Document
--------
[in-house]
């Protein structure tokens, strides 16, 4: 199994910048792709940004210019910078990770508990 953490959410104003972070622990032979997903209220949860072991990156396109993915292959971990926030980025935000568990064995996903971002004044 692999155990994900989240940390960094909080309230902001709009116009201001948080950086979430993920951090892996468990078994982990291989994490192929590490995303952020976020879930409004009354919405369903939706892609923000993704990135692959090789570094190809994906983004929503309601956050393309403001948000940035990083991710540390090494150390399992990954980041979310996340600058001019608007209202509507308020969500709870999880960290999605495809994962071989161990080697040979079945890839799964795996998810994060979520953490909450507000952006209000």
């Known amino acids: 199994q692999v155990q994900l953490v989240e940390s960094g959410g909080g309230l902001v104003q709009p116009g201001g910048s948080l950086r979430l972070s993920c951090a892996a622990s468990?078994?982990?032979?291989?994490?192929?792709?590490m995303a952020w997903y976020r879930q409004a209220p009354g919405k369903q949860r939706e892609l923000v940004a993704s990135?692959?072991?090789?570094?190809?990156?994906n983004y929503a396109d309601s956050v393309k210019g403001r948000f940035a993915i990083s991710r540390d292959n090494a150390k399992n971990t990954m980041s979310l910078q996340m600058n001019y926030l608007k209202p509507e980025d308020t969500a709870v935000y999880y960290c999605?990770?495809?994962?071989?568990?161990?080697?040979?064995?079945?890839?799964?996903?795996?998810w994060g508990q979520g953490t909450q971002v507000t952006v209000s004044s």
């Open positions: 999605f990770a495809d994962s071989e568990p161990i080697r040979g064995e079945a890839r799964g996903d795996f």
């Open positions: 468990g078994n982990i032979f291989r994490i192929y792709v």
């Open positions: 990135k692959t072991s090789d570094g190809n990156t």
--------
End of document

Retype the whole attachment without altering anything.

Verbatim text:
[in-house]
């Protein structure tokens, strides 16, 4: 199994910048792709940004210019910078990770508990 953490959410104003972070622990032979997903209220949860072991990156396109993915292959971990926030980025935000568990064995996903971002004044 692999155990994900989240940390960094909080309230902001709009116009201001948080950086979430993920951090892996468990078994982990291989994490192929590490995303952020976020879930409004009354919405369903939706892609923000993704990135692959090789570094190809994906983004929503309601956050393309403001948000940035990083991710540390090494150390399992990954980041979310996340600058001019608007209202509507308020969500709870999880960290999605495809994962071989161990080697040979079945890839799964795996998810994060979520953490909450507000952006209000």
């Known amino acids: 199994q692999v155990q994900l953490v989240e940390s960094g959410g909080g309230l902001v104003q709009p116009g201001g910048s948080l950086r979430l972070s993920c951090a892996a622990s468990?078994?982990?032979?291989?994490?192929?792709?590490m995303a952020w997903y976020r879930q409004a209220p009354g919405k369903q949860r939706e892609l923000v940004a993704s990135?692959?072991?090789?570094?190809?990156?994906n983004y929503a396109d309601s956050v393309k210019g403001r948000f940035a993915i990083s991710r540390d292959n090494a150390k399992n971990t990954m980041s979310l910078q996340m600058n001019y926030l608007k209202p509507e980025d308020t969500a709870v935000y999880y960290c999605?990770?495809?994962?071989?568990?161990?080697?040979?064995?079945?890839?799964?996903?795996?998810w994060g508990q979520g953490t909450q971002v507000t952006v209000s004044s």
């Open positions: 999605f990770a495809d994962s071989e568990p161990i080697r040979g064995e079945a890839r799964g996903d795996f």
């Open positions: 468990g078994n982990i032979f291989r994490i192929y792709v």
């Open positions: 990135k692959t072991s090789d570094g190809n990156t």